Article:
CNC Cookbook Survey Respondents Rank Hurco Control #1
Well I’m just too excited about this not to share this news with my readers. With the help of Hurco Companies, I just recently published my very first actual book! It is a comprehensive guide to 5-axis CNC machining, and I wrote it to help the machinist as a shop floor guide of sorts.
Anyone who runs a 5-axis CNC machine knows how important correct centerline measurements can be for accurate machining. Often times, however, when troubleshooting for issues, or after a slight “bump” of the machine, there might be a need to verify or re-measure these centerline values.
Earlier this week, a few of us here at Hurco were invited to a local function to meet the command staff of a newly commissioned Virginia Class Nuclear Submarine, for the U.S. Navy, named after our very own Hoosier state - the USS INDIANA…and, as it was written on the picture below, by the skipper of the Indiana, Commander Jesse Zimbauer, this submarine is “Hurco made”.
Hurco has many different partherships - some in education, tooling companies, CAM software compalnies, and both Indy Car and NHRA drag racing. Even though every single one of our relationships are important and special in their own way, one of the coolest relationships that we have is with John Force and the John Force Racing team.
I'm acting as guest blogger for Mike Cope today because he took a vacation day to honor veterans as he has done each Veterans' Day for the past 17 years with his best buddy and Navy veteran Dave. Mike has many interests, but he is passionate about patriotism and serving veterans and active duty military personnel. Therefore, he takes November 11th seriously...it is just one of the days during the year that he gives back to local veterans through honor and service.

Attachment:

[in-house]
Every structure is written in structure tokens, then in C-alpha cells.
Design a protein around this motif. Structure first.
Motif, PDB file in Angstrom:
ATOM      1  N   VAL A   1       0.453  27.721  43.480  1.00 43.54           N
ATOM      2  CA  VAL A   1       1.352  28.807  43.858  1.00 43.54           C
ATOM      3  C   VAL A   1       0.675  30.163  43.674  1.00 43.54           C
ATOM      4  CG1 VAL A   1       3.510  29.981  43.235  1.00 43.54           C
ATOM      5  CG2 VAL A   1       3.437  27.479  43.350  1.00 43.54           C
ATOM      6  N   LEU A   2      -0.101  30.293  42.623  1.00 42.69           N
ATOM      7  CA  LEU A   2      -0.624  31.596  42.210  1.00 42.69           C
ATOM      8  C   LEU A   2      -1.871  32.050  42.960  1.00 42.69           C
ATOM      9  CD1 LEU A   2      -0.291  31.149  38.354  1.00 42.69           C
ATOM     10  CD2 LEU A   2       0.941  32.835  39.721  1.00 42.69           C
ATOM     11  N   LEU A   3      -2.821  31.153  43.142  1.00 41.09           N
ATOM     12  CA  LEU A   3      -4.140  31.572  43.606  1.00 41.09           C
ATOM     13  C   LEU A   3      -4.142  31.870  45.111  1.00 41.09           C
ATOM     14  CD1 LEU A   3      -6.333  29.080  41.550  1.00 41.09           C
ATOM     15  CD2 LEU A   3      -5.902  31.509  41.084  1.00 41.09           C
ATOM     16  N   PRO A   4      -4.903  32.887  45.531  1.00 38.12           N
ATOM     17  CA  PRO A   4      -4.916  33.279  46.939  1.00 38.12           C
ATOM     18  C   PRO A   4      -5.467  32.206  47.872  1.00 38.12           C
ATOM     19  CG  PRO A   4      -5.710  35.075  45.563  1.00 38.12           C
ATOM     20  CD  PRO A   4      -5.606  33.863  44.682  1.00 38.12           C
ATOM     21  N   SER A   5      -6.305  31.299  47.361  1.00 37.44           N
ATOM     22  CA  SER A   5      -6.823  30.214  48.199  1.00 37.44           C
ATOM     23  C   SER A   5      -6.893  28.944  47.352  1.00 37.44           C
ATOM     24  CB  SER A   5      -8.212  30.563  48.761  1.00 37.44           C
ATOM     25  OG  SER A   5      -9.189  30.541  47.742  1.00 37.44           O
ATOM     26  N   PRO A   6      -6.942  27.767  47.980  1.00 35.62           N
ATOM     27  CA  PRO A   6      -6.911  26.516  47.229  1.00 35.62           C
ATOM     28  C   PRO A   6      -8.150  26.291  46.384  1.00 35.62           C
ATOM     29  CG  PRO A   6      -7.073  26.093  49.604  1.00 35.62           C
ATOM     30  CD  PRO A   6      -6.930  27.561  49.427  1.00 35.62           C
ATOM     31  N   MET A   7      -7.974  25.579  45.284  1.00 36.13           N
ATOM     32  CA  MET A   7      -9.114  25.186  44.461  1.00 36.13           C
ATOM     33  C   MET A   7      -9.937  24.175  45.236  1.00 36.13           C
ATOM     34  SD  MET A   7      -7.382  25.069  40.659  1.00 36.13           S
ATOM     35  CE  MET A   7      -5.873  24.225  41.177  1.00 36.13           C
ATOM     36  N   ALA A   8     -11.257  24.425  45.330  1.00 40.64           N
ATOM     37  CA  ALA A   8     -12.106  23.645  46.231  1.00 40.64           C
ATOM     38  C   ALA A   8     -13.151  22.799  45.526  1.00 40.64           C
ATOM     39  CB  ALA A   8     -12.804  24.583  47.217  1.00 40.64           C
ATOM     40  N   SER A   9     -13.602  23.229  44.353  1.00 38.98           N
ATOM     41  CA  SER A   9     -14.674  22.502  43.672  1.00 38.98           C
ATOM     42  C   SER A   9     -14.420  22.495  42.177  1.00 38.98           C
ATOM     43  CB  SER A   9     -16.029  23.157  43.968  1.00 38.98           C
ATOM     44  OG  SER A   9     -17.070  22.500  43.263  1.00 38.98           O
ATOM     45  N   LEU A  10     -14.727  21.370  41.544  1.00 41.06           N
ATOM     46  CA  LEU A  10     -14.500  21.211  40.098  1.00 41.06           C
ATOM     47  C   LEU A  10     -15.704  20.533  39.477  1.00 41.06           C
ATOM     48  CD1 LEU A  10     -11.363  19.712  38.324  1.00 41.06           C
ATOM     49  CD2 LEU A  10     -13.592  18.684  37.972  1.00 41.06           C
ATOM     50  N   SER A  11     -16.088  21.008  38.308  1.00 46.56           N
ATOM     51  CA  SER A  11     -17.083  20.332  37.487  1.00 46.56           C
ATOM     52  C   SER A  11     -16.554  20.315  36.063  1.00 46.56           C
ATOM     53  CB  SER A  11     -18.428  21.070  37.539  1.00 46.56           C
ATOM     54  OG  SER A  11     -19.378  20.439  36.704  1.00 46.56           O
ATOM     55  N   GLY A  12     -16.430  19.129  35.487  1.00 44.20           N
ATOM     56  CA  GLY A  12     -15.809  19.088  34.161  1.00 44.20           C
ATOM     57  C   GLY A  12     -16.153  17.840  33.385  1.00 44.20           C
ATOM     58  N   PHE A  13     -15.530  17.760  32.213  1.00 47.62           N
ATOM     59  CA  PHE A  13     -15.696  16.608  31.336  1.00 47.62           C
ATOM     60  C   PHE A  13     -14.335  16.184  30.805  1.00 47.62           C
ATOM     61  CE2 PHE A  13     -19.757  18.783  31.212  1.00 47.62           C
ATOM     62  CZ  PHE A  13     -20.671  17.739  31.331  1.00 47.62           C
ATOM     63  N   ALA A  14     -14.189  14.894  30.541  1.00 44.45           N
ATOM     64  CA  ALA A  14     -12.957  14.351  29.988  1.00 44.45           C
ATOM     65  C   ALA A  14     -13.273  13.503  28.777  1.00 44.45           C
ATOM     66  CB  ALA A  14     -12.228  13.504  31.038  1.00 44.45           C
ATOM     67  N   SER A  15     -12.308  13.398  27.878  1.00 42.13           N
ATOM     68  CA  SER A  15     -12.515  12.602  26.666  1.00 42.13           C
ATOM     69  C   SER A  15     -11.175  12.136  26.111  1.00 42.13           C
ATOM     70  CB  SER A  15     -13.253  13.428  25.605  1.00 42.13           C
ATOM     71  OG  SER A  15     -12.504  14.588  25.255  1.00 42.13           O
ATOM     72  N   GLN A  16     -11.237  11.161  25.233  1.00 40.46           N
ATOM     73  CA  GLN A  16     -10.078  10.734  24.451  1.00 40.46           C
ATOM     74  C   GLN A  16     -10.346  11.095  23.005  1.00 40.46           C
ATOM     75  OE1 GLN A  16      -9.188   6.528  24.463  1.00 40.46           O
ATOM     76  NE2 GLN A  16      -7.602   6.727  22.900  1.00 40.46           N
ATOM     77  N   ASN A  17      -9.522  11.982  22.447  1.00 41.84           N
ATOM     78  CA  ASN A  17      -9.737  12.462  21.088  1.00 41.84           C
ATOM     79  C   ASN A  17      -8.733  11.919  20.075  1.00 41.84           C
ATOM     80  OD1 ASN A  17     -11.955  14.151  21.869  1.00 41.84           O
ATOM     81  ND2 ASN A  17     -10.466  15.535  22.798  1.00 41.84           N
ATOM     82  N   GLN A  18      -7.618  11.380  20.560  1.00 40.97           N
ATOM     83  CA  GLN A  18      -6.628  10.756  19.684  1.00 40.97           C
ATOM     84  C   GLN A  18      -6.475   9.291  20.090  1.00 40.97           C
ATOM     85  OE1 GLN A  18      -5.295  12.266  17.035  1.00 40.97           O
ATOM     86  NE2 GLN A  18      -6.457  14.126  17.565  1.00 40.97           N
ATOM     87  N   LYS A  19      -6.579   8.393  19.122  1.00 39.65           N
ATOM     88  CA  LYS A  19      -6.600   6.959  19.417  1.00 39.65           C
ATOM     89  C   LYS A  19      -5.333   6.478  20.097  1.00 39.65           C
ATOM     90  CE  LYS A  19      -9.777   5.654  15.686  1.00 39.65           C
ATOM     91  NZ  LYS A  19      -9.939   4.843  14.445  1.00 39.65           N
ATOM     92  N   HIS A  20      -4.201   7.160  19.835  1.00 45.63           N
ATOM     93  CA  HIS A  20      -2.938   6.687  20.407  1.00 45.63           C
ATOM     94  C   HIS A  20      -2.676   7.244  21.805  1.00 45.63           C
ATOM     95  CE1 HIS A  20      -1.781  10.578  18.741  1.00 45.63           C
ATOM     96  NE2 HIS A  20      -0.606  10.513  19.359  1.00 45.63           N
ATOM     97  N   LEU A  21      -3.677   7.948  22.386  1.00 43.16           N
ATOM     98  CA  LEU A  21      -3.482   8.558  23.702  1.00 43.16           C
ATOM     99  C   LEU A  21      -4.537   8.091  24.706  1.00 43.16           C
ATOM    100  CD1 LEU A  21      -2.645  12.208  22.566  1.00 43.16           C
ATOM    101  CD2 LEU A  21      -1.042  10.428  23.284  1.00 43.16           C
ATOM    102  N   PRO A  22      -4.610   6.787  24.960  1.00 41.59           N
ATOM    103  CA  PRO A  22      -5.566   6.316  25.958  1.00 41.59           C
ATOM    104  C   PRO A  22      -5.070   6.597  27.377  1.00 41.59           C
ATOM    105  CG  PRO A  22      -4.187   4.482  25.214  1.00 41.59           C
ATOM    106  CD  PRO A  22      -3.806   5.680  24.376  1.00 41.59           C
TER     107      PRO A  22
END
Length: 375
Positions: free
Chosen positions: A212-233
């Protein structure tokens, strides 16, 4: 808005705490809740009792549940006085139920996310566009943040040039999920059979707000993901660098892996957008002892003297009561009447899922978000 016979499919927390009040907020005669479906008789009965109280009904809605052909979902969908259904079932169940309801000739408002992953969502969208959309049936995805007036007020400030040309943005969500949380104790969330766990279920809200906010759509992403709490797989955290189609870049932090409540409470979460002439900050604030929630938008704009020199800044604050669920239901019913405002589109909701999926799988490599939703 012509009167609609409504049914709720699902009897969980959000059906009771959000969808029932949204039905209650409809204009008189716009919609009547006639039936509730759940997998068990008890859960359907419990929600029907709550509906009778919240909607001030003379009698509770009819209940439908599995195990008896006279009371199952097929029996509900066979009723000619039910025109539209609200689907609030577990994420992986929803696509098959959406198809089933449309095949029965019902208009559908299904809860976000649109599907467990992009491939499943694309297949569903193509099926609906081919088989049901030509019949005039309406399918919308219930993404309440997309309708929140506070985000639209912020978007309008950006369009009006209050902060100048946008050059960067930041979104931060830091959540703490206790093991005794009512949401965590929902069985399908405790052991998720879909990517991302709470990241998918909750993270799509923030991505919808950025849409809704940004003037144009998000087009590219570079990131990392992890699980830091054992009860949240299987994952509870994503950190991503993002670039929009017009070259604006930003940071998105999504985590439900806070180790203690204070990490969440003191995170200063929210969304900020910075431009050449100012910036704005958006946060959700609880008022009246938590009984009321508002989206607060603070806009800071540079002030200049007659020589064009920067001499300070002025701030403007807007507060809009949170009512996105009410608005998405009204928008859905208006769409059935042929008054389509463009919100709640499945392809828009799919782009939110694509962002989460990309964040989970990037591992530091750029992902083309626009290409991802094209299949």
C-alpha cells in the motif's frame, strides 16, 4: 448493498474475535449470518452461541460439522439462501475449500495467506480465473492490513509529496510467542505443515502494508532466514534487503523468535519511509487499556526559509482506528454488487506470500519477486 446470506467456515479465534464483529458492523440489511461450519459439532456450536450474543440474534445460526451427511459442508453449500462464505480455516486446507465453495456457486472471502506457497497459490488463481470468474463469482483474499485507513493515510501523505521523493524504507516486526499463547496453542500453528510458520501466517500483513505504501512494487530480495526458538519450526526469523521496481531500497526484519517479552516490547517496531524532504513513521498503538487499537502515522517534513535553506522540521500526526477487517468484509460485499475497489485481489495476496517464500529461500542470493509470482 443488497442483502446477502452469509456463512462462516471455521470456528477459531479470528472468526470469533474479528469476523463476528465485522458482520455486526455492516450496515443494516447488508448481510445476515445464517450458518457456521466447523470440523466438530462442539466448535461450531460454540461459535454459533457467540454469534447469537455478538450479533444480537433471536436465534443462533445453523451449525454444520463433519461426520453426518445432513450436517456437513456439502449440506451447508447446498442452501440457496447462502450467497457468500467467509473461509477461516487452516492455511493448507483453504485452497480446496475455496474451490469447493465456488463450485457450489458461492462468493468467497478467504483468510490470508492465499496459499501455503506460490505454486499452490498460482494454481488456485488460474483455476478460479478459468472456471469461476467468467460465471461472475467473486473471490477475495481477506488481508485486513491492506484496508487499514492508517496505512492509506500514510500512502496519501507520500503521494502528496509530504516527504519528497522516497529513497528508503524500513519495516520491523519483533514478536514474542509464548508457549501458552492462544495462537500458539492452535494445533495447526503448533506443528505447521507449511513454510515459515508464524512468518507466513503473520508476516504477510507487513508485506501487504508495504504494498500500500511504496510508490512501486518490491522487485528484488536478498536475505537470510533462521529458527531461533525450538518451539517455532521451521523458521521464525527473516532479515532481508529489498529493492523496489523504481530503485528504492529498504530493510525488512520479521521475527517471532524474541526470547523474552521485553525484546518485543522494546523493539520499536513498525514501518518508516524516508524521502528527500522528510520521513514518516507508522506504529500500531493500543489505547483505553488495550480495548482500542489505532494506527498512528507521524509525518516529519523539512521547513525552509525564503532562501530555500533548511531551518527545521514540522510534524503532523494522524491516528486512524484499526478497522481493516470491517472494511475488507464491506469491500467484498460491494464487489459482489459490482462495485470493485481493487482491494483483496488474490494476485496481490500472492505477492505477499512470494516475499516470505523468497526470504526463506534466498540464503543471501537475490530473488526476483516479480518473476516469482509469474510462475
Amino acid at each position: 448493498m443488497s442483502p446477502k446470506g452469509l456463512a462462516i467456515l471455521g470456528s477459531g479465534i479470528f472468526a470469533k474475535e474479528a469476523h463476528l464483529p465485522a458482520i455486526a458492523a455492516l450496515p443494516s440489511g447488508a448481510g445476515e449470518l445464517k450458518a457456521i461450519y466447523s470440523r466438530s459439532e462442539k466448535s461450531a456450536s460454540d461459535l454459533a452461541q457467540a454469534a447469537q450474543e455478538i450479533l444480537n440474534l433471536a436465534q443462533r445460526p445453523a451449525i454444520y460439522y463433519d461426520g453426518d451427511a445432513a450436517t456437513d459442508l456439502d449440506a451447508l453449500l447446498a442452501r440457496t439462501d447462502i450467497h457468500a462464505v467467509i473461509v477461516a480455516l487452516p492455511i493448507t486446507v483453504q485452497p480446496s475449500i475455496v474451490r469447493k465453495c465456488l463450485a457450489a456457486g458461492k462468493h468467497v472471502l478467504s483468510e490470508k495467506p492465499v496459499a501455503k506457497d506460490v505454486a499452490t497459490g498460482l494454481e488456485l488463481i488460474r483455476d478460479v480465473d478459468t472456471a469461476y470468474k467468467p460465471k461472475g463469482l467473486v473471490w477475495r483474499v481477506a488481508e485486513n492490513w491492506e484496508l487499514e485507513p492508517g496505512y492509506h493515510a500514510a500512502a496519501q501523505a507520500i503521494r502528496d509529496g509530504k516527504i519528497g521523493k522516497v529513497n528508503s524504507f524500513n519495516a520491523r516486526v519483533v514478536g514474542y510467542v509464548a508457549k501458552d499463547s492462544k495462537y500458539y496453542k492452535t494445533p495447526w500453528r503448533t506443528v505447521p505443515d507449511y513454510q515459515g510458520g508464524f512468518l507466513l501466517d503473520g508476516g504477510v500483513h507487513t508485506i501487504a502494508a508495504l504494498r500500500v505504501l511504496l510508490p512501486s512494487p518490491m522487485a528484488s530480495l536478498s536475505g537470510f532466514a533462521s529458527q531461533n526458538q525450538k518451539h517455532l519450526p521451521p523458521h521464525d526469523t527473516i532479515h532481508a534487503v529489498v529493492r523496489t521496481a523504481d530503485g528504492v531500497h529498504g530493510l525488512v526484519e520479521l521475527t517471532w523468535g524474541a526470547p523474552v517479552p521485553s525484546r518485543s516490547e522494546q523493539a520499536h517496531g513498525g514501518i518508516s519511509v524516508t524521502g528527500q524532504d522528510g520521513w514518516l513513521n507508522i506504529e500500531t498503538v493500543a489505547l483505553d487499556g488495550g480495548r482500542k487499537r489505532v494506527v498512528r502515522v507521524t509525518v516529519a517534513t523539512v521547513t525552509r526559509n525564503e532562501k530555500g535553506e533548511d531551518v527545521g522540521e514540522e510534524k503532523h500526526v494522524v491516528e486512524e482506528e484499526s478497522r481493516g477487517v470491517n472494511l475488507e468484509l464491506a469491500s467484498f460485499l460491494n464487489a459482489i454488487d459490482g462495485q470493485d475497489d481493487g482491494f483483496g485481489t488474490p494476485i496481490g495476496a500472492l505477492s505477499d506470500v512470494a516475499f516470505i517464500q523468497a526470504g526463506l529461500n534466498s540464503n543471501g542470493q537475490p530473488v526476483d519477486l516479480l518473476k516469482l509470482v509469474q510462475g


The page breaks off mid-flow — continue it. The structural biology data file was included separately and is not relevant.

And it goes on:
Professionally, Mike is the go-to guy when it comes to understanding how the Hurco control makes machinists more productive and shops more profitable. He knows the control inside and out, and helps all of us make sure the end user understands the value of the multitude of software features WinMax provides.
One of the features of Hurco that many customers love is the eight-nozzle coolant ring that comes standard on all VMX models of vertical machining centers. The amount and flow of the flood coolant is sometimes unbelievable to many new users. Now Hurco VM owners can experience this same overwhelming feeling of flood coolant!
A while back, I received a comment on one of my previous blog posts asking how to designate 5-axis transform planes using IJK UVW vector tokens instead of the traditional ABC rotary axis designations on their 5-axis CNC machine. Instead of just replying to that comment, I thought I would write this post as a response. Since this will be a continuation of the 5-axis CNC basics series, I suggest that you read and understand using IJK tool vectors as a pre-cursor to this article.
The idea behind creating a 5-axis transform plane using vectors is exactly the same as programming tool movement with IJK tool vectors on any machine with a fifth axis. However, the difference lies in the fact that you will have two separate vectors: one using IJK and the other using UVW. The reason you need two separate “legs” for this function is because you cannot designate a plane with only one axis. I will use the floor inside a room as my analogy: you could not create a floor in a room without having at least two walls. With only one, the floor would simply spin around that single axis and could actually point in literally any direction. To accommodate the two legs of the transform plane, and because we want to determine the direction of the Z-axis ultimately, we will use the X-axis and Y-axis as our legs, or walls of the desired transform plane.